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Actor Eddie Murphy attends the world premiere of "Tower Heist" at the Ziegfeld Theatre on October 24, 2011 in New York City.
It started with a single comment, dropped by director Brett Ratner during a Q & A for his newest film, “Tower Heist.”
“Rehearsals are for fags.”
Not appropriate by any standards, but especially inappropriate when its speaker is the producer of the Oscars and serving as one of the public faces of the Academy of Motion Picture Arts and Sciences. The comment made the New York Times Magazine, Ratner appeared on the Howard Stern show and said a few more distasteful things about actresses Olivia Munn and Lindsay Lohan, and by the end of the day had been asked to turn in his resignation.
A day later, Eddie Murphy stepped down as host. Brian Grazer stepped up to replace Ratner on Wednesday afternoon, but it's not clear who will replace Murphy.
Alex Ben Block, editor-at-large for the Hollywood Reporter, said on the Patt Morrison show that people should have known the risk that accompanied appointing Ratner.
"I don't think we should have been completely surprised, and the funny thing is he might have survived that if he apologized and moved on. But going on the Howard Stern show and then discussing his sex life – it showed that this wasn't a guy that we could put anywhere near a microphone and trust," Block said Wednesday.
Block went on to say that Murphy's personality was just as unpredictable, and Oscar officials appointed the comedian because they wanted edgier material.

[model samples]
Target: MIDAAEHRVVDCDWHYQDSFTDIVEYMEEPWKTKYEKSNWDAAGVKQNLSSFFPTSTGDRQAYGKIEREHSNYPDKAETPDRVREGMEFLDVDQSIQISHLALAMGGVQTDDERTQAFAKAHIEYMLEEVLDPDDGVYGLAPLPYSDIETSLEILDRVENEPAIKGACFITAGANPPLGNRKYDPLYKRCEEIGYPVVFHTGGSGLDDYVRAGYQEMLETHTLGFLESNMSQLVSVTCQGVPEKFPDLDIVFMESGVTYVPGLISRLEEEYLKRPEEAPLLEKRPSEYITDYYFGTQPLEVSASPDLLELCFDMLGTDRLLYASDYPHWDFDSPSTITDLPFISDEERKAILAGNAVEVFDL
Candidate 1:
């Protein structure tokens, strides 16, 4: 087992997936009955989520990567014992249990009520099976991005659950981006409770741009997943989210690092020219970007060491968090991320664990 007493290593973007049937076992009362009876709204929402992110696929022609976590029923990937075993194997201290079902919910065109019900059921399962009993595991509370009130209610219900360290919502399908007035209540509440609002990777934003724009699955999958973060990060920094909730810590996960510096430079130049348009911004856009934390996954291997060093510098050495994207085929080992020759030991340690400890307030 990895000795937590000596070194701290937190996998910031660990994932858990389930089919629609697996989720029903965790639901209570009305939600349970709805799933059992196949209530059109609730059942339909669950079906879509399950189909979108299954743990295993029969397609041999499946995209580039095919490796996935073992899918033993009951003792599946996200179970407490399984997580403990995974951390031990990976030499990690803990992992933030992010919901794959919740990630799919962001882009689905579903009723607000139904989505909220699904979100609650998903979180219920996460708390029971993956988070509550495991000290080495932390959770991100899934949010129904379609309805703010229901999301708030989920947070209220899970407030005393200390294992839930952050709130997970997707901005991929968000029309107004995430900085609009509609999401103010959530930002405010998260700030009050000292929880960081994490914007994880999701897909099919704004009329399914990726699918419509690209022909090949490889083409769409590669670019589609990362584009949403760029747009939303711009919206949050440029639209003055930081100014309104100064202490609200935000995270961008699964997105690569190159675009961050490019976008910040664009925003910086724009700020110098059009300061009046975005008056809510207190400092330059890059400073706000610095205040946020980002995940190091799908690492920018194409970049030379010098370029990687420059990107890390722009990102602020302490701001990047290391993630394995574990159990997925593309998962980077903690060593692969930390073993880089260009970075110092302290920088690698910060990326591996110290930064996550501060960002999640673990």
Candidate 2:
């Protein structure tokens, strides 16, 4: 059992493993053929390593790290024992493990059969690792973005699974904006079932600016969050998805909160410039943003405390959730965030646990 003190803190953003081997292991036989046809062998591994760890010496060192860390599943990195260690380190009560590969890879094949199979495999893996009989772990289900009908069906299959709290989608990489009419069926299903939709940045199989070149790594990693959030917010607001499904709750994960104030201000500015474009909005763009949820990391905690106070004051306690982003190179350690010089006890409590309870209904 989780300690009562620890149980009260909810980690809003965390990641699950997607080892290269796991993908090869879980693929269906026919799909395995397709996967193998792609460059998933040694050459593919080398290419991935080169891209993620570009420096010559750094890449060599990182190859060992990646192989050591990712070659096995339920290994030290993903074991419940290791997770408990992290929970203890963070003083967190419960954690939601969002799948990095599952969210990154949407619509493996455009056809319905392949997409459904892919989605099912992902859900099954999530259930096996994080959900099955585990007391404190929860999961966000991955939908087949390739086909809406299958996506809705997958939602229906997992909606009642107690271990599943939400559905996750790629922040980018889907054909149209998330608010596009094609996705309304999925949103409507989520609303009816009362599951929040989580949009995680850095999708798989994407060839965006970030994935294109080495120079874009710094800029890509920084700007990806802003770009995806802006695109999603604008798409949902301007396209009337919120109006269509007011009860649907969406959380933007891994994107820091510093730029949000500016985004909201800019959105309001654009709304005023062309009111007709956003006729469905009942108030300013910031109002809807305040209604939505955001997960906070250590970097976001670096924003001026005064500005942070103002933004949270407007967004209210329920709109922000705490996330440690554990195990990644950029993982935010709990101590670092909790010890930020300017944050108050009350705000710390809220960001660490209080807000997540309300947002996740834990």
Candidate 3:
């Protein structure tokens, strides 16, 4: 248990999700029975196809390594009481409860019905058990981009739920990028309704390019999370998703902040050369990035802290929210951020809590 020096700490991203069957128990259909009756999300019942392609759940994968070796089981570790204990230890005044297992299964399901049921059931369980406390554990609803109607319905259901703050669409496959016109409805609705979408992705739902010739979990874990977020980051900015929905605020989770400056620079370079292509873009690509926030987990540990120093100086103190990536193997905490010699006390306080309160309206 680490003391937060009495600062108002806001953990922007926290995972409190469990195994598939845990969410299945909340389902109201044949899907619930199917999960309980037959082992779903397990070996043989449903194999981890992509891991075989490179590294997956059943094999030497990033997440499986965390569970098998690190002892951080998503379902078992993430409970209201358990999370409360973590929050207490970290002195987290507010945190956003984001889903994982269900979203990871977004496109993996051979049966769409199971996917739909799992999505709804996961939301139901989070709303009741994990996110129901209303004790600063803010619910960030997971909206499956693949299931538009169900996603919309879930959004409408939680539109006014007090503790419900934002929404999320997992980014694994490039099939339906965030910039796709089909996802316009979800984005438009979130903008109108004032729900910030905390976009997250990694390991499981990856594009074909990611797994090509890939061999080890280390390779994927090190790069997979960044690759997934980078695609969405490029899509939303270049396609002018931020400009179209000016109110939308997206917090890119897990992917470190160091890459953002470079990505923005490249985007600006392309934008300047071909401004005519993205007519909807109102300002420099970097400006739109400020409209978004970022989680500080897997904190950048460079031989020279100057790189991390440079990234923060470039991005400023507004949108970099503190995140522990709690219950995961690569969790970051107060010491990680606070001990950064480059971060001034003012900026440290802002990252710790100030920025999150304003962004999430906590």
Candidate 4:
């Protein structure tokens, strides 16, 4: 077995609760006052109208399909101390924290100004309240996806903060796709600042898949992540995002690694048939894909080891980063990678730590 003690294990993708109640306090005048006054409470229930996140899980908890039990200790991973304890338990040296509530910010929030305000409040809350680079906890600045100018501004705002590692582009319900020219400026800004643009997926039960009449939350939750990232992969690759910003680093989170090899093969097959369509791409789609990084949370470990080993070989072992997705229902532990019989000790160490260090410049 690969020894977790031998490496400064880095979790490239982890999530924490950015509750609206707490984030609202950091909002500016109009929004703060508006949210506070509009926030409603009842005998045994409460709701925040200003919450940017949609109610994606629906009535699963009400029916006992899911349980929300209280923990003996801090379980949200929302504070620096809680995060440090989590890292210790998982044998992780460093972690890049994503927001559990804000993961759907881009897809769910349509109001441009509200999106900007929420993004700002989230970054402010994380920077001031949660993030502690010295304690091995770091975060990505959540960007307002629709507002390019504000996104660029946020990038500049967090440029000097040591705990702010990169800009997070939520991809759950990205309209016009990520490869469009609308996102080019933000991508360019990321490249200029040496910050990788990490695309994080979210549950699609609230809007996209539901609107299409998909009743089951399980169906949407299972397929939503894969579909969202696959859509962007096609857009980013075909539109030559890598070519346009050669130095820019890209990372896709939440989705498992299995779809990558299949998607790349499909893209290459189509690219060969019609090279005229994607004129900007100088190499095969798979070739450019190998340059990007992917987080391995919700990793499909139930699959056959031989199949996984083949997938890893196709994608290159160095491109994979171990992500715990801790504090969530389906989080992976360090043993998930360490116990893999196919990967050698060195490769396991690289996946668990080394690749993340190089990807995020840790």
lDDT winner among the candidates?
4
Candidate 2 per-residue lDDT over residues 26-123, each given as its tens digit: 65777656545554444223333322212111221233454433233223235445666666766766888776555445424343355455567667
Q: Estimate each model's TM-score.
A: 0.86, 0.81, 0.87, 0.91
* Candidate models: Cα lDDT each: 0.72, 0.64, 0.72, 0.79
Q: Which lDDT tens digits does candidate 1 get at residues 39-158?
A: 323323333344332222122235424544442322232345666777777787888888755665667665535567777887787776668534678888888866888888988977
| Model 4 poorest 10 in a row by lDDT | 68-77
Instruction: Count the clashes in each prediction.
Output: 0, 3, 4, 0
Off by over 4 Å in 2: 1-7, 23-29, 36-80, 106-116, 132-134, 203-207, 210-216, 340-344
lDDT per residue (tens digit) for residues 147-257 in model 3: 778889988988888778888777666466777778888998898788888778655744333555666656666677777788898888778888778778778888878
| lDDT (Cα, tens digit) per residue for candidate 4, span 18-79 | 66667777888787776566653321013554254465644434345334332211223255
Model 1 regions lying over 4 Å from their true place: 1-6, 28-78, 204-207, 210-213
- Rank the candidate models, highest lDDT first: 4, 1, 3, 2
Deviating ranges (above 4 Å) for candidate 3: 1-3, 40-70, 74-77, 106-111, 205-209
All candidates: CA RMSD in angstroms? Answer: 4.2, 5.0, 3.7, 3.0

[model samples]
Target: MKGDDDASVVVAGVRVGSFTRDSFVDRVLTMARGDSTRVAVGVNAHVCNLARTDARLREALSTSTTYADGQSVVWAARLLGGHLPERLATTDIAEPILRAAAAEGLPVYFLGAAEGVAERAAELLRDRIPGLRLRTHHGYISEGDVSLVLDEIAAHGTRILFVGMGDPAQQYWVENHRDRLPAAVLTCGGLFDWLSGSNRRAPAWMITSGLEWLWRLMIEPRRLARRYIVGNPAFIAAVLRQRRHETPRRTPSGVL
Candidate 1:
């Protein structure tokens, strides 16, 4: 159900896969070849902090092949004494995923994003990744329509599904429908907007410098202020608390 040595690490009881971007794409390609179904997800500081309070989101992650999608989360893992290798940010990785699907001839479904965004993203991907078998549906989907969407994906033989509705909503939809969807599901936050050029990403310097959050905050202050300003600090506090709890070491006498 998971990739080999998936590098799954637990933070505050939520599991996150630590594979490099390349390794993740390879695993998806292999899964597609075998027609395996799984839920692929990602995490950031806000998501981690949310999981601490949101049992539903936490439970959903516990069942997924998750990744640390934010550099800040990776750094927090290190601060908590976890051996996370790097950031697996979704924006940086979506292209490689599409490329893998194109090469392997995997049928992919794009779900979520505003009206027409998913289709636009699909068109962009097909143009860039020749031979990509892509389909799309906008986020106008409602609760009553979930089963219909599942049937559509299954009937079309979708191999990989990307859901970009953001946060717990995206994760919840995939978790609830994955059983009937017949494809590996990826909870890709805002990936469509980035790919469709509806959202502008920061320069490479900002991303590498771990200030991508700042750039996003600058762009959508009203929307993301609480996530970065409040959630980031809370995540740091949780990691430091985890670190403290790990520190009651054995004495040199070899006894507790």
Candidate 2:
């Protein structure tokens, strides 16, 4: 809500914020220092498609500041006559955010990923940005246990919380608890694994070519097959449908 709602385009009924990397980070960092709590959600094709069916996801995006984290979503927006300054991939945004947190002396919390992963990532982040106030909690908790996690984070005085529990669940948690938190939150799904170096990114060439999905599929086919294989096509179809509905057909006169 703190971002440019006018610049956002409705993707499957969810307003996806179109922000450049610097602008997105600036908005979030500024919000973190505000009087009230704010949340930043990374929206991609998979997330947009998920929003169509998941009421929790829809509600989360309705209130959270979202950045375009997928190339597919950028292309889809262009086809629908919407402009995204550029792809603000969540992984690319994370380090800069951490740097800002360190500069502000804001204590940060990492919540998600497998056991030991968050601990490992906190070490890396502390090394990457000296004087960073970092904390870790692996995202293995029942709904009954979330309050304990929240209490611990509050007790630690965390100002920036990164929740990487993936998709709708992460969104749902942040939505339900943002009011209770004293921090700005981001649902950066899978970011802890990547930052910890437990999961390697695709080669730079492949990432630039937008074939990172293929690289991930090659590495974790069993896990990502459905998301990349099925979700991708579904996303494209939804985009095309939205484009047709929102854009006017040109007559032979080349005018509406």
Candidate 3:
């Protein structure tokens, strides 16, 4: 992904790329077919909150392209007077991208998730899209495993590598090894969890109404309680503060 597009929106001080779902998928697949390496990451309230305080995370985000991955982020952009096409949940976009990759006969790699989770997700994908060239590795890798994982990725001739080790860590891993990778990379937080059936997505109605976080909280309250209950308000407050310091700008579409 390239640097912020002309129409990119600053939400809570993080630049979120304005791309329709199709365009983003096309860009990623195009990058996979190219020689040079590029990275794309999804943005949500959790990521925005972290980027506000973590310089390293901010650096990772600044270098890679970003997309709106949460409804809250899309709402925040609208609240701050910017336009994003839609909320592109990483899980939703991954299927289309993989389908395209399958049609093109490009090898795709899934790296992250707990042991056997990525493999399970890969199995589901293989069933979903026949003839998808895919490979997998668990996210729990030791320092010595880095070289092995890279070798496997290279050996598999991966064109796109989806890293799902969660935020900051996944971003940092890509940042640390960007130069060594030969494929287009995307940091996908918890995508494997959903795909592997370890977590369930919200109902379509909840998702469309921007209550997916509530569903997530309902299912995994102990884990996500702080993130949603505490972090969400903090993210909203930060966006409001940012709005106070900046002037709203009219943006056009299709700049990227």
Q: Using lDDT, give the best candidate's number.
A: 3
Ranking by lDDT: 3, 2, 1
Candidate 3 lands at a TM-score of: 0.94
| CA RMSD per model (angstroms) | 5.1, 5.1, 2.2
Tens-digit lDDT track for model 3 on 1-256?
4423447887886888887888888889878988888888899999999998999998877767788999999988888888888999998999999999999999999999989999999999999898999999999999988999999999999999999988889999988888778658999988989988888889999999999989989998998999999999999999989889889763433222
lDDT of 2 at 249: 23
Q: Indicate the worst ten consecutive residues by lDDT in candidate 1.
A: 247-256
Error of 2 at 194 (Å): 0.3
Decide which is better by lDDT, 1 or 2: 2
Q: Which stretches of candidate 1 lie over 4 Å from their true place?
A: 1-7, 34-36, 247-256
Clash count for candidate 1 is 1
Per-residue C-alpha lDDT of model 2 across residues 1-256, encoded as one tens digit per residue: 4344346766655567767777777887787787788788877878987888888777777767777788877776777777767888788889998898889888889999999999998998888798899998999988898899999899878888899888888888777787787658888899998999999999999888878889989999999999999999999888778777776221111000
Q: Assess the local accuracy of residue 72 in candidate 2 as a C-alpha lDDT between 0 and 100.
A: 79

"I think what they wanted was to go younger, they were trying to go hipper, they were trying to move the Oscars in a new direction," he said.
Murphy said in a news release that he had looked forward to playing host at the Oscars but that he understands and supports "each party's decision with regard to a change of producers."
The New York Times reports that Tom Sherak, the president of the Academy, understands Murphy's decision. "I appreciate how Eddie feels about losing his creative partner, Brett Ratner, and we all wish him well," Sherak said.
Popular responses to Ratner’s comment have ranged from outrage to eye-rolling, with the obvious question being, are we surprised? Did the Academy not know who they were hiring when they took on Ratner? At the same time, just because someone is known for having an abrasive personality or an offensive mouth, do they have a get-out-of-jail-free card when it comes to sticking with socially appropriate behavior? Finally, Richard Rushfield, writing for the Daily Beast, argues that the Academy cannot be both au courant and “progressive” and the same time, and that it will have to choose which mode to embrace, even if that means dwindling numbers. What are you interested in seeing from the Oscars?
Alex Ben Block, editor-at-large, Hollywood Reporter